The ongoing strike by municipal workers in the City of Tshwane has now led to an increase in illegal dumping.
Refuse collection has been halted since late last month, forcing residents and businesses to dispose of rubbish themselves.
Samwu-affiliated members have been on an unprotected strike since last month over salary increases.
Weeks have gone by since Samwu embarked on an unprotected strike.
Some services were restored after the city successfully interdicted the strike, but refuse collection services remain stagnant.
Rubbish is piling up in people’s homes.
The resident has resorted to disposing of it across the road from his home: “It’s been over two weeks now; it’s unhygienic. It’s not the most ideal situation, but we don’t have a choice.”
Dumping sites in all regions are also no-go zones. Now rubbish is being left at entrances and sidewalks by both residents and businesses.
The City of Tshwane says law enforcement agencies have been dispatched to escort service providers.
This follows alleged intimidation by the striking workers.
The MMC for Environment and Agriculture Management, Ziyanda Zwane, says there’s an interim plan in place.
“In the interim, refuse collection will be scheduled as per the waste collection schedule starting on the 7th of August. Should your waste not be collected, please keep your waste containers outside as the catered plan extends to the vending,” says Zwane.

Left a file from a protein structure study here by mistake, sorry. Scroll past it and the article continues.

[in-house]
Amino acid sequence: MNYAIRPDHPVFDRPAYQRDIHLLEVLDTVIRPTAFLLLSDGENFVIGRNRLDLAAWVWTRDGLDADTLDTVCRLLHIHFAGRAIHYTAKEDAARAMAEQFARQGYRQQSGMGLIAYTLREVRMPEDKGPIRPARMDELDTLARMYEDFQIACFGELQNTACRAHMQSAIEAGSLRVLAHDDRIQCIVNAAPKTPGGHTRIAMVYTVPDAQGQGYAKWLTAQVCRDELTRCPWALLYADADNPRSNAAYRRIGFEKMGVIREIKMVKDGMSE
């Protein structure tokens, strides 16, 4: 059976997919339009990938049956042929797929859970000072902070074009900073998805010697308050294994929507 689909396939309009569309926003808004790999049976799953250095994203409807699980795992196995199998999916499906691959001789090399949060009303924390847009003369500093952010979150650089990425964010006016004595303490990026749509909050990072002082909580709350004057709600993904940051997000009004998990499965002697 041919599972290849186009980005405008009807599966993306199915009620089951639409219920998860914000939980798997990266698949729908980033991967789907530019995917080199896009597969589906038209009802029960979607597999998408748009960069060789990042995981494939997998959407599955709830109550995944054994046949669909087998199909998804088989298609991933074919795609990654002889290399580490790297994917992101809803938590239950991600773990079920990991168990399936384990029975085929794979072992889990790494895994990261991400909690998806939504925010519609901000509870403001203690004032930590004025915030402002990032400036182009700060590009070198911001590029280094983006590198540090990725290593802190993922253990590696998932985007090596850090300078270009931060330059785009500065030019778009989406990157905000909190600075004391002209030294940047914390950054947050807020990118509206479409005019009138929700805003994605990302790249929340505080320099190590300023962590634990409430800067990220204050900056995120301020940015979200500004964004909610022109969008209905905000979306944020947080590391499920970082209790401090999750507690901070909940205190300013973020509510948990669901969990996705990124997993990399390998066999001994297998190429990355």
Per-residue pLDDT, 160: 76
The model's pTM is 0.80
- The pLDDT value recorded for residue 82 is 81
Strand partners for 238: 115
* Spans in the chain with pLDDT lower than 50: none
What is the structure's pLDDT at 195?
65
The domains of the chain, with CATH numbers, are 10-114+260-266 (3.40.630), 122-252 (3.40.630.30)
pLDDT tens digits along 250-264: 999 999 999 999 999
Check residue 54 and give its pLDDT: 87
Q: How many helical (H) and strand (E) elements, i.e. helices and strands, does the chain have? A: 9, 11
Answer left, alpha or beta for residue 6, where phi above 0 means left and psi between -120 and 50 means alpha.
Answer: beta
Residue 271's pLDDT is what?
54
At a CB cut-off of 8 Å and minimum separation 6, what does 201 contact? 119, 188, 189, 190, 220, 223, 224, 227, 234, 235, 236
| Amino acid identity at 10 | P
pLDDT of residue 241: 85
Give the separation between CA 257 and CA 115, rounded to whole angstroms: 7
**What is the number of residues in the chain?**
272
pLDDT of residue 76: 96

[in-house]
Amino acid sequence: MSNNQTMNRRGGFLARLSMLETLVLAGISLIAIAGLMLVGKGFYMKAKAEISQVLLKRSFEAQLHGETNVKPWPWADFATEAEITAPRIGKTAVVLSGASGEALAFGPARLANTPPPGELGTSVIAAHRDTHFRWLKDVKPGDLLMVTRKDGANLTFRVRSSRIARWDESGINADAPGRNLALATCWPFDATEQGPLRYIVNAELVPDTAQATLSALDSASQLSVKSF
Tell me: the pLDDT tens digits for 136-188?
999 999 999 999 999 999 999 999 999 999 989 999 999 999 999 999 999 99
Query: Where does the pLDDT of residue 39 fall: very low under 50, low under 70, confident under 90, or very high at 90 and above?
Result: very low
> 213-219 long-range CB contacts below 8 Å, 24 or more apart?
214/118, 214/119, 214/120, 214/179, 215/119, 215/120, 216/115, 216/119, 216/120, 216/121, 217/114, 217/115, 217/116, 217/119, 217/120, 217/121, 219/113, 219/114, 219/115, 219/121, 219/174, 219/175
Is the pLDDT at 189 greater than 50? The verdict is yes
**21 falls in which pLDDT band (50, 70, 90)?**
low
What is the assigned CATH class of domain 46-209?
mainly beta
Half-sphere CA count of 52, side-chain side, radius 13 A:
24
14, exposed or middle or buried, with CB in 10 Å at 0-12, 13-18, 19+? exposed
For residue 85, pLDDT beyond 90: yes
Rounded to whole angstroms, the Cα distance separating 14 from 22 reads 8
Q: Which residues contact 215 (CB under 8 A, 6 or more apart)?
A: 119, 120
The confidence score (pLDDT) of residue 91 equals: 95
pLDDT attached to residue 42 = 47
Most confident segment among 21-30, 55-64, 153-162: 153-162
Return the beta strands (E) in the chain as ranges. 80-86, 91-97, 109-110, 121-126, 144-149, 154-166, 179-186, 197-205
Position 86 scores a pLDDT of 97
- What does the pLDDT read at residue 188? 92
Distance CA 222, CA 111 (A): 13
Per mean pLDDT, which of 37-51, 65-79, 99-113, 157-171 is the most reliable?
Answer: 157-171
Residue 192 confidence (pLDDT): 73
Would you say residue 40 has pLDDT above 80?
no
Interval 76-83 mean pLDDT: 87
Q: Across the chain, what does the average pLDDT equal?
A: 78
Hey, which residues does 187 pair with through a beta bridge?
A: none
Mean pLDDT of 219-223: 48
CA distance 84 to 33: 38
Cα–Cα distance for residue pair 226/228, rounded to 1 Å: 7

But he can’t say when services will resume.
“We urge residents to refrain from illegal dumping of waste during this period as it is detrimental to the environment and wellbeing of the community. It’s difficult to confirm at this stage when normal services will be restored.”
The city maintains that its workers are back and will continue to render services despite acts of violence and intimidation. It has since dismissed 93 workers for participating in the unprotected strike.
Samwu has not been available for comment.
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Original Story by www.sabcnews.com